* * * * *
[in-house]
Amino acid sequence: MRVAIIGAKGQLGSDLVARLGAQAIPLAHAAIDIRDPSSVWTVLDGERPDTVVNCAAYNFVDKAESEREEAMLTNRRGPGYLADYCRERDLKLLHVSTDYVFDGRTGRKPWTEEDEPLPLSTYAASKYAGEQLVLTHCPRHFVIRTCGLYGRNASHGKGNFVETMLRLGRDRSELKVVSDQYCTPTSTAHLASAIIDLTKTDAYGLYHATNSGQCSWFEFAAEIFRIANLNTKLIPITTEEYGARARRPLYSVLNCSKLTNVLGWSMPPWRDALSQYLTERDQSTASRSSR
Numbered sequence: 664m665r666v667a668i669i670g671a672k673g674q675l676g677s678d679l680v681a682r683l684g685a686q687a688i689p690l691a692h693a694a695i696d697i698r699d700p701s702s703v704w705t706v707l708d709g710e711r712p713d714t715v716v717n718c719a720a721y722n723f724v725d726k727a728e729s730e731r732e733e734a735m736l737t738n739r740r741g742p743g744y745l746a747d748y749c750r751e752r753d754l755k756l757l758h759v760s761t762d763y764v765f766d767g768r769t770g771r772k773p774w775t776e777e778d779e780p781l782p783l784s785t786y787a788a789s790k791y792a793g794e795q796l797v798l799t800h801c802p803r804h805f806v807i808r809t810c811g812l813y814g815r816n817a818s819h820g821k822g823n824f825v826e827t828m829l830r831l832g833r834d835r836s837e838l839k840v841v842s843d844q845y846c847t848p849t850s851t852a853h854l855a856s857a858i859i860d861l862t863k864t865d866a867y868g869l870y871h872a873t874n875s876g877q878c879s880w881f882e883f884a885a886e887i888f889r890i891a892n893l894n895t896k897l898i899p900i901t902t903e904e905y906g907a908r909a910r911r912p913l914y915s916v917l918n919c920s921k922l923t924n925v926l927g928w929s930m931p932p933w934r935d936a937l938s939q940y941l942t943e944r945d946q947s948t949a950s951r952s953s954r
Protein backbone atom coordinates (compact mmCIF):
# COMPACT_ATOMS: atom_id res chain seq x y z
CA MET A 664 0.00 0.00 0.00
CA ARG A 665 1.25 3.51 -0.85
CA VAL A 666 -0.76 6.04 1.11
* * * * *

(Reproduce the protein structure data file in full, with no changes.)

[in-house]
Amino acid sequence: MRVAIIGAKGQLGSDLVARLGAQAIPLAHAAIDIRDPSSVWTVLDGERPDTVVNCAAYNFVDKAESEREEAMLTNRRGPGYLADYCRERDLKLLHVSTDYVFDGRTGRKPWTEEDEPLPLSTYAASKYAGEQLVLTHCPRHFVIRTCGLYGRNASHGKGNFVETMLRLGRDRSELKVVSDQYCTPTSTAHLASAIIDLTKTDAYGLYHATNSGQCSWFEFAAEIFRIANLNTKLIPITTEEYGARARRPLYSVLNCSKLTNVLGWSMPPWRDALSQYLTERDQSTASRSSR
Numbered sequence: 664m665r666v667a668i669i670g671a672k673g674q675l676g677s678d679l680v681a682r683l684g685a686q687a688i689p690l691a692h693a694a695i696d697i698r699d700p701s702s703v704w705t706v707l708d709g710e711r712p713d714t715v716v717n718c719a720a721y722n723f724v725d726k727a728e729s730e731r732e733e734a735m736l737t738n739r740r741g742p743g744y745l746a747d748y749c750r751e752r753d754l755k756l757l758h759v760s761t762d763y764v765f766d767g768r769t770g771r772k773p774w775t776e777e778d779e780p781l782p783l784s785t786y787a788a789s790k791y792a793g794e795q796l797v798l799t800h801c802p803r804h805f806v807i808r809t810c811g812l813y814g815r816n817a818s819h820g821k822g823n824f825v826e827t828m829l830r831l832g833r834d835r836s837e838l839k840v841v842s843d844q845y846c847t848p849t850s851t852a853h854l855a856s857a858i859i860d861l862t863k864t865d866a867y868g869l870y871h872a873t874n875s876g877q878c879s880w881f882e883f884a885a886e887i888f889r890i891a892n893l894n895t896k897l898i899p900i901t902t903e904e905y906g907a908r909a910r911r912p913l914y915s916v917l918n919c920s921k922l923t924n925v926l927g928w929s930m931p932p933w934r935d936a937l938s939q940y941l942t943e944r945d946q947s948t949a950s951r952s953s954r
Protein backbone atom coordinates (compact mmCIF):
# COMPACT_ATOMS: atom_id res chain seq x y z
CA MET A 664 0.00 0.00 0.00
CA ARG A 665 1.25 3.51 -0.85
CA VAL A 666 -0.76 6.04 1.11